Post JgJhj8AyyRS

Fiona Jallings Aug 08, 2014 (12:08)

"If". Got a few words in Quenya, "cé/ce", "qui"... the mysterious "aiquen", and the older "mai". The Neo-Sindarin words are lacking, I think. "Ae" is on shaky ground, based off of "aiquen", so I think something based off of "cé/ce" or "qui" would be better, but what shape would it be?

The roots here are EK(E) and KWI. "ce" and "pi" are what I think it'd be. Any thoughts?

Tamas Ferencz Aug 08, 2014 (13:04)

Although aiquen is glossed "if anybody, whoever", I personally believe ai- means simply "any" and nothing more.

ܤܡܝ ܦܠܕܢܝܘܤ Aug 08, 2014 (15:25)

*pī̆, pi seems defensible to me at this stage as well (contrasting Salo's * [1]). Of course, the longer Q forms cenai, cenasit, etc. are also good to bear in mind when wondering about the Sindarin conditional conjunction(s); cenasit even happens to look very much like an old Italo-Celtic form... (but was there long or short *na- / *si- at the CE stage?)

Word-history of the Welsh counterparts (ultimately always helpful):


Tamas Ferencz Aug 08, 2014 (15:34)

+ܤܡܝ ܦܠܕܢܝܘܤ
is *ge possible phonologically?

Fiona Jallings Aug 08, 2014 (16:07)

Maybe. If we use "bo" (opo) and "vi" (imi) as guides... it's possible.

Roman Rausch Aug 09, 2014 (01:42)

*Ae is perhaps not so shaky, since we also have aen as an uncertainty particle. And ge is in fact attested, as the form which was replaced by aen (PE8:13, see also TolkLang 40.46:

Btw, these are of course two things: In alasaila ké nauva, expresses modality, in ké mo quete ulka (different source!) it's a conditional conjunction. But the two uses are consistent with each other, since markers of epistemic modality (= judging the likelihood of a situation) apparently may turn into conditionals, among other things (according to a paper I've been reading).
In fact, it happens in English as well, cf. 'This should be bad' (ep. modality) and 'Should one speak evil, [...]' (conditional).

Matt Dinse Aug 09, 2014 (03:42)

Regarding ge, I should like to get ahold of PE8 - does anyone know if the Marquette draft quoted in it has any other differences besides ge / aen? It would be nice if that were the case; it could shed more light onto early 50s Nold/Sind. I'm not sure if it's just that line, though, as "Discussion of the Marquette King's Letter" or the like doesn't appear in the PE8 contents. Perhaps it's just an aside on another article, mentioning the ?one? variance. That would be a pity.

Fiona Jallings Aug 09, 2014 (10:34)

Do we really know that "aen" is an uncertainty particle though? Last I checked, we still don't really know what it means. Also, looking at VT50, it seems to mean that "aen" might be related to "en" and used for the passive voice. "i eithro en estar iChîn Húrin" vs "i sennui Panthael estathar aen" ... the similarities are striking. Also, the bit from the King's Letter strikes me as prescriptive, perhaps desirative, rather than uncertain.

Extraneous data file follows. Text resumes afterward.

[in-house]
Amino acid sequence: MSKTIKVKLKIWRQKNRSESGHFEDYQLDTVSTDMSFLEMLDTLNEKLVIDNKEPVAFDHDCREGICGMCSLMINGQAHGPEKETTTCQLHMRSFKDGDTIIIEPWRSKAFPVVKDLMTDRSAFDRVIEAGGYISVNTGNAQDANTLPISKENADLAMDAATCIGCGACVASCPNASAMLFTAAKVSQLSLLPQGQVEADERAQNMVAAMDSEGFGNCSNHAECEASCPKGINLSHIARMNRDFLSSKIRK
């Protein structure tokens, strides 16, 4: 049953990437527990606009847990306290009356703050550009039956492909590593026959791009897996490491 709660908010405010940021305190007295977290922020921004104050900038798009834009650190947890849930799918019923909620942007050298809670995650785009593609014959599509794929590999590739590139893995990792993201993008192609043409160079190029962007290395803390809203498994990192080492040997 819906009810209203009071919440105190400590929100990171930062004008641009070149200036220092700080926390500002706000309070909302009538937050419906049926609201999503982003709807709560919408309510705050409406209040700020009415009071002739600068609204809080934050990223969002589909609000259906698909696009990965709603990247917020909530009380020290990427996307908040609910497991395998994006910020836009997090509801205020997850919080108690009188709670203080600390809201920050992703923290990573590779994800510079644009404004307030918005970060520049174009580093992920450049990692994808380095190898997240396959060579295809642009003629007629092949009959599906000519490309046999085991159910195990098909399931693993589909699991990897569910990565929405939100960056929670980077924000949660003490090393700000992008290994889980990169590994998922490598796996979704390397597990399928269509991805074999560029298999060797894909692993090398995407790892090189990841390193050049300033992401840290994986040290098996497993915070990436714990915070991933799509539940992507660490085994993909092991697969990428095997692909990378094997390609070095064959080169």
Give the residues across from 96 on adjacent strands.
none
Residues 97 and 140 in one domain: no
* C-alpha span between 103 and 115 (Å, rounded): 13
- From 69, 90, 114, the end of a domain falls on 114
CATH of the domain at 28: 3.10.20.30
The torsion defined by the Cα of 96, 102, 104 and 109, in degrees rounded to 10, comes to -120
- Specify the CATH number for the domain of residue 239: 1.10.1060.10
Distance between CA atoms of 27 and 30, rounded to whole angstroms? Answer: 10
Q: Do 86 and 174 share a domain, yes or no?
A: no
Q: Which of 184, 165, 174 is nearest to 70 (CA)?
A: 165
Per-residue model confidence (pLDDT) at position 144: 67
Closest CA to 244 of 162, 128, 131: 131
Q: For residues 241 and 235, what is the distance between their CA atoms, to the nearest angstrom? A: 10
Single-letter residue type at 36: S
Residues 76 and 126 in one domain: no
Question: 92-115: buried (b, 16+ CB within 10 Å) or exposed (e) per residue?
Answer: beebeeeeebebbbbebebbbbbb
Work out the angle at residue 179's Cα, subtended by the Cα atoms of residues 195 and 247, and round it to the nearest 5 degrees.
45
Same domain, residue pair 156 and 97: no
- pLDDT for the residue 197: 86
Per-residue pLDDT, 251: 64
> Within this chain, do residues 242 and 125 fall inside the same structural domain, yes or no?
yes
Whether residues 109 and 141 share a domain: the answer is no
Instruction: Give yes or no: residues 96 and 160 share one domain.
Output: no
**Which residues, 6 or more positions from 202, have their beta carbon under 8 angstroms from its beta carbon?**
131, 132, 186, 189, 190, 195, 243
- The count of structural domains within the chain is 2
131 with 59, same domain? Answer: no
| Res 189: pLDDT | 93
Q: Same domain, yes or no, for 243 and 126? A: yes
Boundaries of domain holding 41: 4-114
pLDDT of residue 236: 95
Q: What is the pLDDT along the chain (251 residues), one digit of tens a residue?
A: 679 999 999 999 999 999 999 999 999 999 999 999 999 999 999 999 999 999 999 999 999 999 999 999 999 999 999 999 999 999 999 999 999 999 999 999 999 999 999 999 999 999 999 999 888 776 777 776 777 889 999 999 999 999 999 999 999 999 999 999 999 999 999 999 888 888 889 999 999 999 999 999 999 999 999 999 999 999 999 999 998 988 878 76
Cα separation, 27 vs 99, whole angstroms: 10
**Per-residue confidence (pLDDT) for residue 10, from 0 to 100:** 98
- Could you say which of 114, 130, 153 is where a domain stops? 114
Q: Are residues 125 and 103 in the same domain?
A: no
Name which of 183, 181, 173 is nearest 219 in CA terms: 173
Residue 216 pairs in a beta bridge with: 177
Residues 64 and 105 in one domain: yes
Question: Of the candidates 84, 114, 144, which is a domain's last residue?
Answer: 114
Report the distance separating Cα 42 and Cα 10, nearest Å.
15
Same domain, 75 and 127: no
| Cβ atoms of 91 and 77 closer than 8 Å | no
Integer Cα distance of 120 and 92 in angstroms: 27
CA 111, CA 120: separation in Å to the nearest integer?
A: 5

Roman Rausch Aug 09, 2014 (12:18)

+Fiona Jallings
It falls under the term 'deontic modality' (compelling external circumstances, social/ethical norms). But again, compare English may which is deontic in 'You may leave now' and epistemic in 'This may be true'.
In any case, the passive theory of en seems way more speculative to me: There is no translation. Why does one particle go before the verb and one after? Where does en come from and is it related to aen? Why is a particle even needed for an indicative form?
But regardless, in VT50:14 it is ruled out that aen and en are pronouns, based on existing paradigms. This still leaves aen as a modality particle which could conceivably develop into (or be related to) a conditional.

+Matt Dinse
It's from A survey of Eldarin pronouns by Bill Welden and it just says 'This [aen] replaced an earlier word ge'.
But there is also a variant of Aragorn's gotcha-sentence from Marquette: En ni túviet (PE8:9). The rest is otherwise attested, as far as I can see.
Which early parmar are you missing? I can send you the pdfs. (I'm missing 6 & 7 myself.)

ܤܡܝ ܦܠܕܢܝܘܤ Aug 09, 2014 (14:29)

Given that in some languages the ideas "when" and "if" overlap morphologically (as in German wenn), it seems pertinent to remark that the suffixed [with *–sĕ?] CE relative stem which became Q írë (related to ier ?) might result in sth. like *î(w), ae(w) in Sindarin in light of Morris-Jones pp. 102-103 (vs. Telerin/OS sound-history, obviously); cf. also W haearn < Celt. *eisarn-, *isarn- and S lae, glaer produced by I-roots.

Finnish jos "if" is also derived from a relative pronoun stem, with old lative -s (more or less = CE *-da, WJ:366).

Matt Dinse Aug 09, 2014 (23:38)

Thanks, +Roman Rausch
I'm actually missing 1-10; I didn't know the earlier ones were available (out there on the Internet). Luckily I have the later ones, more or less (phys. copies of what I could get, and PDFs of the out-of-print until they're reprinted again).